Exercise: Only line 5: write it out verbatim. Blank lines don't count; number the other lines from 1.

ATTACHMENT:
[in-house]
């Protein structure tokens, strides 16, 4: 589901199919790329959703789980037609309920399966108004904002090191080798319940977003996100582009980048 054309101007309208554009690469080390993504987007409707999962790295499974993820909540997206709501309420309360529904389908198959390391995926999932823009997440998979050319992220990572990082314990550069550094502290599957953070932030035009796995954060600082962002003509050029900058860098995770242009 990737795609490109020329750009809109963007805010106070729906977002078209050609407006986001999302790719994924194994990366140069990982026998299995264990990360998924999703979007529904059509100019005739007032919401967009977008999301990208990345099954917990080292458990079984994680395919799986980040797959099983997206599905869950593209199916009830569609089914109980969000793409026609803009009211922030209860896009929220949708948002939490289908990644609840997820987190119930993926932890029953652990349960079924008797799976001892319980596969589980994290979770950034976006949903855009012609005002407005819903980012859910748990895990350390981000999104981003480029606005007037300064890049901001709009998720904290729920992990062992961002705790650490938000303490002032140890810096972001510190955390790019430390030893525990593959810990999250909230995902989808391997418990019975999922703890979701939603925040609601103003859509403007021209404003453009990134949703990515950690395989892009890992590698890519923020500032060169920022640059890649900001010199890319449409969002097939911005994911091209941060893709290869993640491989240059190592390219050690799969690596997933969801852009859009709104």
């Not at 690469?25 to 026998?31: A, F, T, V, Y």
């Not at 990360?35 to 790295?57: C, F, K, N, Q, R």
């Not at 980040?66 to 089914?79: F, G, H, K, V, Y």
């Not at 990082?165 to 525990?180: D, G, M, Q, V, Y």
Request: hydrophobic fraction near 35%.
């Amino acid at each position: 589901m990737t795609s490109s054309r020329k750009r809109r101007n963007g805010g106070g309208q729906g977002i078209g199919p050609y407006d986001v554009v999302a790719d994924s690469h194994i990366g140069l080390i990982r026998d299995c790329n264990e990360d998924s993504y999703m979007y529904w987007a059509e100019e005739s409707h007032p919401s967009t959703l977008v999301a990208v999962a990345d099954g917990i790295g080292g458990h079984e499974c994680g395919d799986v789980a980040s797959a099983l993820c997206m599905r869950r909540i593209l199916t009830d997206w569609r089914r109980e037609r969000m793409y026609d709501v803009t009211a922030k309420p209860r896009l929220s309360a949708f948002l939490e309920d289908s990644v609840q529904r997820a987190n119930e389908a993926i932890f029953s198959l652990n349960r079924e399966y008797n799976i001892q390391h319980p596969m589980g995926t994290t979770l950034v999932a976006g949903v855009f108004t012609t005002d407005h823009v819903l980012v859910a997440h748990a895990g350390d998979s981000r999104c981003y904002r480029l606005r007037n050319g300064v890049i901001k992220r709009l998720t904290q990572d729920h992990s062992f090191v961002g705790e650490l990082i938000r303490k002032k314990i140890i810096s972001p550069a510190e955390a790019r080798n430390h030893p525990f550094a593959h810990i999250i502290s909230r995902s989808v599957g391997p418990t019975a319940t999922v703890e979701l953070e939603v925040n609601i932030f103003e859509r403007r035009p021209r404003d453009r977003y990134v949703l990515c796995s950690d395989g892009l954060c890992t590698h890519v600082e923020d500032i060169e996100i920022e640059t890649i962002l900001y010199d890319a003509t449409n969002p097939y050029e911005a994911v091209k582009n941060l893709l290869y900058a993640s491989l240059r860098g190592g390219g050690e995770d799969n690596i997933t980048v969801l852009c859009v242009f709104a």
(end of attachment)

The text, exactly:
């Not at 980040?66 to 089914?79: F, G, H, K, V, Y």